Saksun Faroe Islands

A view in the Faroe Islands. Photo: Wikipedia

The Scene

Trail running isn’t a big sport in Denmark, but a couple of decades ago, in the 70s, 80s, and 90s, Denmark produced a string of quite successful cross-country runners who helped bring some attention to the sport (note that cross-country running in Scandinavia resembles trail running as we know it from the rest of the world, as it is often run on small trails crossing tough hills and not on grass fields as it is custom in, for example, America).

Denmark is the home of the world’s oldest fun run – the so-called Eremitageløbet (Danish link), which was run for the first time in 1969. Each year over 20,000 runners compete for the title, blazing through the grueling 13k course (almost completely on dirt roads/trails) including at least three major hills. The DHL Relay, the world’s largest fun run (mostly for corporations) takes place in fælledparken, a park in the heart of the capital Copenhagen.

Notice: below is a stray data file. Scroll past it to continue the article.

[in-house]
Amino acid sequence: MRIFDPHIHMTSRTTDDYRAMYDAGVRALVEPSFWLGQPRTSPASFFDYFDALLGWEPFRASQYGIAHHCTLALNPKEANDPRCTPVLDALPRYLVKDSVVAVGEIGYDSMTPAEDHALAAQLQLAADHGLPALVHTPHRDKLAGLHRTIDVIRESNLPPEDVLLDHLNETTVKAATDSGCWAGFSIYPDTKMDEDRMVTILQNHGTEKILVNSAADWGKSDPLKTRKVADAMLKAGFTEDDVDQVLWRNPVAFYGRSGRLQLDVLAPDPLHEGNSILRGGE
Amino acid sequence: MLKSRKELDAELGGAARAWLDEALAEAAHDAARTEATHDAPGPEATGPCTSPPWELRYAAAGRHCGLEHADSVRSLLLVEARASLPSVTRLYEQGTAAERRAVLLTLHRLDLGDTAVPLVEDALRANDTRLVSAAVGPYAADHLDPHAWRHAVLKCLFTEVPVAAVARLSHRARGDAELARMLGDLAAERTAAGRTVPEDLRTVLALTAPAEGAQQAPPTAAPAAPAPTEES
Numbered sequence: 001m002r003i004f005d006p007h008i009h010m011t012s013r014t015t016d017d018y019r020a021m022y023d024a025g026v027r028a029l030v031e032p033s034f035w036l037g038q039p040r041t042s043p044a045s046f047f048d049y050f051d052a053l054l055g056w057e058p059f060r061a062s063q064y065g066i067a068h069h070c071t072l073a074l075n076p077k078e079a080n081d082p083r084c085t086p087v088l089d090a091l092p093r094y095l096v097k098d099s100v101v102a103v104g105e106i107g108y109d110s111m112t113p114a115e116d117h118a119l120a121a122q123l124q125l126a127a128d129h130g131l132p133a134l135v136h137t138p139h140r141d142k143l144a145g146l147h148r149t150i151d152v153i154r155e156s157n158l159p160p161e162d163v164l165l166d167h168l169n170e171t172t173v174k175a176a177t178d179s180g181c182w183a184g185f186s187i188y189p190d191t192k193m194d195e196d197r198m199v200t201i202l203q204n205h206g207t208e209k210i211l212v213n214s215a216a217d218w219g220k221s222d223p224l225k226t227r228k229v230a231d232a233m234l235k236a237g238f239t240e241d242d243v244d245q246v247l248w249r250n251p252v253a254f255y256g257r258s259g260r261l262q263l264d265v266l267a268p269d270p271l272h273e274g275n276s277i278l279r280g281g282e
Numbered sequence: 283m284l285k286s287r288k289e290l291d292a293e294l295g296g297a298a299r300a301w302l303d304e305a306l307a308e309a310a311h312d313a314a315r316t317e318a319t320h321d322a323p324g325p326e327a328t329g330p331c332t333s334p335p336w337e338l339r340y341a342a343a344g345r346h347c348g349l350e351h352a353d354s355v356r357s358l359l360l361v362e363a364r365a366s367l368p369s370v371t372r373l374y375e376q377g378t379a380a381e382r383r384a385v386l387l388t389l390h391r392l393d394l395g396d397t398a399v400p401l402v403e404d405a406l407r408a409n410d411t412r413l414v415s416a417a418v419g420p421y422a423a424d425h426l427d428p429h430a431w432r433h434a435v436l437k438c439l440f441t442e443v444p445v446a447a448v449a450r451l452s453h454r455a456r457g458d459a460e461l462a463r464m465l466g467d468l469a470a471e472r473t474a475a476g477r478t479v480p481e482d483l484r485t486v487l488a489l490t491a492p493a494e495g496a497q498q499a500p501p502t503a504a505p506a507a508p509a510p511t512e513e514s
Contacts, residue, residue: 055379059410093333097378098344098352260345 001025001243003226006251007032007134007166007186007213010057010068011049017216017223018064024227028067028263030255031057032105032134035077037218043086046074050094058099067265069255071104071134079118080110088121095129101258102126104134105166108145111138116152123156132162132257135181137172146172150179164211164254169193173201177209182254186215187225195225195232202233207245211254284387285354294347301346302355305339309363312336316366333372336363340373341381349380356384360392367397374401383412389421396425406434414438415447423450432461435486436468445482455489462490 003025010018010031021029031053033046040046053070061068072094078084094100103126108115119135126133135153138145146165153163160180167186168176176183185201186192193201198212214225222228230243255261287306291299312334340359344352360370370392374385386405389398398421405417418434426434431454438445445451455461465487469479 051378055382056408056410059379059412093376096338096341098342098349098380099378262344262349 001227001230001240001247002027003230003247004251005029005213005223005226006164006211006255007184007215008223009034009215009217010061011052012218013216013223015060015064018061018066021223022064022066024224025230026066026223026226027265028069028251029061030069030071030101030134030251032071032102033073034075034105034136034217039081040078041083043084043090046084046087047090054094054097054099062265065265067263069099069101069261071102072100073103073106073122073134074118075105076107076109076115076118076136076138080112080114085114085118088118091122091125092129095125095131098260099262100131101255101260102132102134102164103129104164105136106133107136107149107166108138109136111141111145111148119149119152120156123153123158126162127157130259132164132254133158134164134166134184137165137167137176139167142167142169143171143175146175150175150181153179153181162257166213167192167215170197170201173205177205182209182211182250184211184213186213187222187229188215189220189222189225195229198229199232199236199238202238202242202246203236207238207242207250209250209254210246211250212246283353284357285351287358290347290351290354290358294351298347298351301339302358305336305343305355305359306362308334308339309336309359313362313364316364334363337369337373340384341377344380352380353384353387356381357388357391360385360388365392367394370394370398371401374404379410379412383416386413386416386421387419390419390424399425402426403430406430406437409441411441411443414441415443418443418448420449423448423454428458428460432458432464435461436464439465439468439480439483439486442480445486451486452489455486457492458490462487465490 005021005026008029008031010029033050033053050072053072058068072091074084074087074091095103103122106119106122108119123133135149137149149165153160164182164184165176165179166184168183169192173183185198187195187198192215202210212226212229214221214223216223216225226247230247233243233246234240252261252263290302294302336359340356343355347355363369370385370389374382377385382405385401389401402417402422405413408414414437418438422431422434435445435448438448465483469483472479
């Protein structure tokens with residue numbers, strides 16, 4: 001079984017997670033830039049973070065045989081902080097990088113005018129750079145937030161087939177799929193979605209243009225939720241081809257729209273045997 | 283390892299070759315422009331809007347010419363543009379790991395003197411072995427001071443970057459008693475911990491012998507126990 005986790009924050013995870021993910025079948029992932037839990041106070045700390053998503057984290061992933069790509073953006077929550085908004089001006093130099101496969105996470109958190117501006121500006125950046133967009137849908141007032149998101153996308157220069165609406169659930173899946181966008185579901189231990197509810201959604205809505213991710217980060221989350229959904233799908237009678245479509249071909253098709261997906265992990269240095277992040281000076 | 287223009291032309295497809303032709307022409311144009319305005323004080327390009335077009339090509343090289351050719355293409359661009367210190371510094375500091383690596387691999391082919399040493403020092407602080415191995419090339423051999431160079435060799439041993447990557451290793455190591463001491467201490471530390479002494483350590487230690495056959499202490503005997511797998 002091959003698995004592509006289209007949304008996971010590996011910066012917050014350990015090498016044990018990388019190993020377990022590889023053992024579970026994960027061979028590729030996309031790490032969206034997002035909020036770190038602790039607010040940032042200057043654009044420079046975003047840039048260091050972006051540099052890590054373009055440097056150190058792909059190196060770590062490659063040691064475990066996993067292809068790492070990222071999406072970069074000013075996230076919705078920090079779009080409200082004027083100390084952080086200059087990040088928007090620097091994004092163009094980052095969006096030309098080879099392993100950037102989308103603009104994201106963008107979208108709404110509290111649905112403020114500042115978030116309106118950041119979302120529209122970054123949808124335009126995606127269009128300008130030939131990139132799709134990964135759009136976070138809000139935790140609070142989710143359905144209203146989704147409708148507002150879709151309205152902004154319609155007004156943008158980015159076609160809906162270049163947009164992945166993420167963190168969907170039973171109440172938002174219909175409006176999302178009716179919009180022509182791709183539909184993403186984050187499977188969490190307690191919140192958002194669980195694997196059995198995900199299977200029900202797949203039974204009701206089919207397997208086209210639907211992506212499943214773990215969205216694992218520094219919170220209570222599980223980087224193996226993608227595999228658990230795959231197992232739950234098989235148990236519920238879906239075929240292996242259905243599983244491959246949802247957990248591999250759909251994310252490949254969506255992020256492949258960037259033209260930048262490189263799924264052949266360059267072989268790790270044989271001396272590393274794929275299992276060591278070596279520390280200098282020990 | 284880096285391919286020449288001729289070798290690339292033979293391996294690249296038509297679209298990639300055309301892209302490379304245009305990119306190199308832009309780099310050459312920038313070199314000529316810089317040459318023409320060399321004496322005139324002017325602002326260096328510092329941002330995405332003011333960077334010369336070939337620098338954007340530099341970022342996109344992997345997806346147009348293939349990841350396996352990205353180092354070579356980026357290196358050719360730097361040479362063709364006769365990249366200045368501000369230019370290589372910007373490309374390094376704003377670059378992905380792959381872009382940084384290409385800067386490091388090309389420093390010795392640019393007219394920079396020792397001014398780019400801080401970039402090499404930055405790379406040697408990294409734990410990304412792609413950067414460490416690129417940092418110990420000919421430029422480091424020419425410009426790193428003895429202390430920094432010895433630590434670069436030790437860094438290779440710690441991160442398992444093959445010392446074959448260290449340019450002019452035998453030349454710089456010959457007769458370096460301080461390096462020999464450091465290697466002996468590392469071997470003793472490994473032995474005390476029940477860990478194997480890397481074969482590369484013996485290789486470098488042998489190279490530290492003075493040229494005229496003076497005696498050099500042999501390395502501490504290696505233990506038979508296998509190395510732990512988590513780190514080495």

Start of Eremitageløbet

The start of Eremitageløbet. Photo: Kim Gudmand.

Ultra wise there is one notable race held in Denmark: The Salomon Hammer Trail Run. Held on the island of Bornholm situated closer to Sweden than Denmark, the race offers 100-mile and 50-mile courses. The Hammer trail is an official qualifying race for Ultra Trail de Mont Blanc. In 2011, the 100 miler was won in the time of 21:51 and the 50 miler in 08:50 (both by Danish locals).

In Conclusion

Despite its small size Denmark is a country with wide opportunities for trail running. Well-maintained trails are all over the country – and though you’ll have a hard time finding scenic trails like the ones of Sweden and Norway, the nature is beautiful and never far from the urban areas.